Available for EA and MCA customers, the Microsoft Azure Consumption Commitment (MACC) is a 3-year agreement where an organisation commits to spend a certain amount on Azure over that time period.

It doesn’t require an upfront payment of the agreed amount, rather the total must be reached by the end of the MACC term. Ongoing qualifying Azure spend (either PAYG or the purchase of Azure Prepayment) is deducted* from the total on a regular basis by Microsoft and the remaining balance can be seen in the Azure portal (or via REST API). In this way, it adds some flexibility to what’s possible with Azure commitment and budgets.

However, it is a contractual commitment so if future Azure spend has been over-estimated, an organisation will find itself expected to make up any shortfall at the end of the agreement.

*If you receive Azure credits from Microsoft, any services paid for using those will not count towards your MACC total.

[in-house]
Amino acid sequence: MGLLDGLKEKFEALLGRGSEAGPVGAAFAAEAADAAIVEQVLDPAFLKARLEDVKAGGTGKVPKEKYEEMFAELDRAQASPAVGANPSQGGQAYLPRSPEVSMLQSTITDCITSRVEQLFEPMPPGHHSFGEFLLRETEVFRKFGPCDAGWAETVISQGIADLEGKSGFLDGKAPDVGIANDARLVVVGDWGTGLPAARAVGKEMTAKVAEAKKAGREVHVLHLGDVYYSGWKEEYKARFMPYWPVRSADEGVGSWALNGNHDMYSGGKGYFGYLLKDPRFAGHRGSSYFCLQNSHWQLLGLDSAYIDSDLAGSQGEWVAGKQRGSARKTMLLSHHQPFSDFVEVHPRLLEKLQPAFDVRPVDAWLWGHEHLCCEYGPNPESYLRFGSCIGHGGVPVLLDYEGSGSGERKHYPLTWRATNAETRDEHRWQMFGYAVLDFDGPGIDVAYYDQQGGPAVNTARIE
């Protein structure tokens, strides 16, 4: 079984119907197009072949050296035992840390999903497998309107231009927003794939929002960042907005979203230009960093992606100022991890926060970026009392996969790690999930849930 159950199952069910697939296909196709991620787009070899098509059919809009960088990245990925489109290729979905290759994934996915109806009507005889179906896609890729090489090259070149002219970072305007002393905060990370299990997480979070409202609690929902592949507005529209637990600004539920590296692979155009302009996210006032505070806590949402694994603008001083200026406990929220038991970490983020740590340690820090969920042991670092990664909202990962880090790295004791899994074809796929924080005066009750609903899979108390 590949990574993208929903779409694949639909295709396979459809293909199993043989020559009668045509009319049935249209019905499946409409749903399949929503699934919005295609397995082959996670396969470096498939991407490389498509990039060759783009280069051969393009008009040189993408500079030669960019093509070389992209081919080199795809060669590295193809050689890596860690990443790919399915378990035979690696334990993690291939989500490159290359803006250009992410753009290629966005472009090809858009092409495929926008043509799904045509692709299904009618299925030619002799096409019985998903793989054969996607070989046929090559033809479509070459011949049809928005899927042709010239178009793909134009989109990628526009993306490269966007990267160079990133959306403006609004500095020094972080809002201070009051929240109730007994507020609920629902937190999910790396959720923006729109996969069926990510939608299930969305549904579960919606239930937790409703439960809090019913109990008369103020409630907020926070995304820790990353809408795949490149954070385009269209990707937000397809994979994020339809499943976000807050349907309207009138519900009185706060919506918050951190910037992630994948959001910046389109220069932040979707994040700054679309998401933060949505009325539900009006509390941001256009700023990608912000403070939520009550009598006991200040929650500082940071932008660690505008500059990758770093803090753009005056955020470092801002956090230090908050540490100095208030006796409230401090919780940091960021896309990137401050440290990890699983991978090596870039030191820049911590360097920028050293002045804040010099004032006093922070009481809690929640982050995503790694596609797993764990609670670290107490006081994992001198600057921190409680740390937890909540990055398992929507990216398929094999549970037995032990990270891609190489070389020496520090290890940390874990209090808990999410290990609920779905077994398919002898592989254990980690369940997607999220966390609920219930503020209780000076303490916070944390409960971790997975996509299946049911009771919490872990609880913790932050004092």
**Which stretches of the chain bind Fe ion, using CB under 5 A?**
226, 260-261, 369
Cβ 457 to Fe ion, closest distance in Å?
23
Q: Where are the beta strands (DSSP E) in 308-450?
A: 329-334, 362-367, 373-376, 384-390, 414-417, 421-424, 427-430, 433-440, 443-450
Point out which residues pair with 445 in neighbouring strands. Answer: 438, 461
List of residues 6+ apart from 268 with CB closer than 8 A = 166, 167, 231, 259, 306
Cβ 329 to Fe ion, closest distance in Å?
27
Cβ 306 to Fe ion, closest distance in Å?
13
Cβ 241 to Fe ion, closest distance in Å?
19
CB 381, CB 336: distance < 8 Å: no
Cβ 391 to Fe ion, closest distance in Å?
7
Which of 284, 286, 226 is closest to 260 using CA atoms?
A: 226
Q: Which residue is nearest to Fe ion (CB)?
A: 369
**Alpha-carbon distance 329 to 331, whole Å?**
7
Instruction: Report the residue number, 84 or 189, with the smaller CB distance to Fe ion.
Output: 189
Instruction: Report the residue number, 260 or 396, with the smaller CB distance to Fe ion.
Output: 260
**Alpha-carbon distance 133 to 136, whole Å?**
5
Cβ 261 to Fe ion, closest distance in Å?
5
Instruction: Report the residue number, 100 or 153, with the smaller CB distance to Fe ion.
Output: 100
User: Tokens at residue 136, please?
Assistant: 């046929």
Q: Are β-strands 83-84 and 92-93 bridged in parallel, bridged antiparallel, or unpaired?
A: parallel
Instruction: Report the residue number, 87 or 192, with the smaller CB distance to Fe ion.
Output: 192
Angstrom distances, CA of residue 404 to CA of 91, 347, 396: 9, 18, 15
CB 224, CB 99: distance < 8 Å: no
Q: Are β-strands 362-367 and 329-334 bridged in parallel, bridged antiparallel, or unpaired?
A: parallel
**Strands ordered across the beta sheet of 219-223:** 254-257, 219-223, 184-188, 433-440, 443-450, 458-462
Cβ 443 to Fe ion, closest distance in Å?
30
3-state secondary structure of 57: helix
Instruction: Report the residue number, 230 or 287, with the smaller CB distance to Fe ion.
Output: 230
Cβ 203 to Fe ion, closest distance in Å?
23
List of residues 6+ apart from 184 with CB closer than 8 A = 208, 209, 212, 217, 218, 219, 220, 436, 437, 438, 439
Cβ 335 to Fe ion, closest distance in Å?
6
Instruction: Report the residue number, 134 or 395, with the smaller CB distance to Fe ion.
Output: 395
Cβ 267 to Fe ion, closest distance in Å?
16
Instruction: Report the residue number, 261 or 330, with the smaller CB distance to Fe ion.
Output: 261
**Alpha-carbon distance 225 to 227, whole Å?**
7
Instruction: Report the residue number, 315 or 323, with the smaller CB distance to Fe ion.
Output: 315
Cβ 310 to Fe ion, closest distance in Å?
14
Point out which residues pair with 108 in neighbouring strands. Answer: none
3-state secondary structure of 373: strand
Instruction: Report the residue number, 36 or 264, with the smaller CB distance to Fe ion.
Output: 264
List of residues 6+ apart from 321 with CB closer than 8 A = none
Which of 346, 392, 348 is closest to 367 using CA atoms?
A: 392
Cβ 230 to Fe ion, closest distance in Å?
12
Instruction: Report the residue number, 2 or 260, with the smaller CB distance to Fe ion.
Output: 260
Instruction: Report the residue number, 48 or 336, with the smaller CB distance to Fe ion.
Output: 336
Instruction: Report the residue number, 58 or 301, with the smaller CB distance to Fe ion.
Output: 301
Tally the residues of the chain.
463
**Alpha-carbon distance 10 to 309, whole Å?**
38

Azure Marketplace

Certain 3rd-party services in the Azure Marketplace are eligible to count towards a MACC. In the Marketplace portal, there will be an “Azure benefit eligible” option to filter the applicable services.

https://docs.microsoft.com/en-us/marketplace/azure-consumption-commitment-benefit

This has the potential to be a decent benefit for many organisations as the use of cloud marketplaces is currently skyrocketing.

Resources

https://docs.microsoft.com/en-us/azure/cost-management-billing/manage/track-consumption-commitment?tabs=portal

https://docs.microsoft.com/en-us/marketplace/azure-consumption-commitment-benefit

https://docs.microsoft.com/en-us/azure/marketplace/azure-consumption-commitment-enrollment?msclkid=8f732ce1b10c11eca28f584e00856880

Microsoft Product Terms – March 2022


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Again, not a huge amount of change in the Microsoft Product Terms for March 2022:

Microsoft 365 Privacy Management has been rebranded “Priva”…I thought they might change their mind on this one 😂 I guess they wanted to make sure there was something people could confuse with Viva?!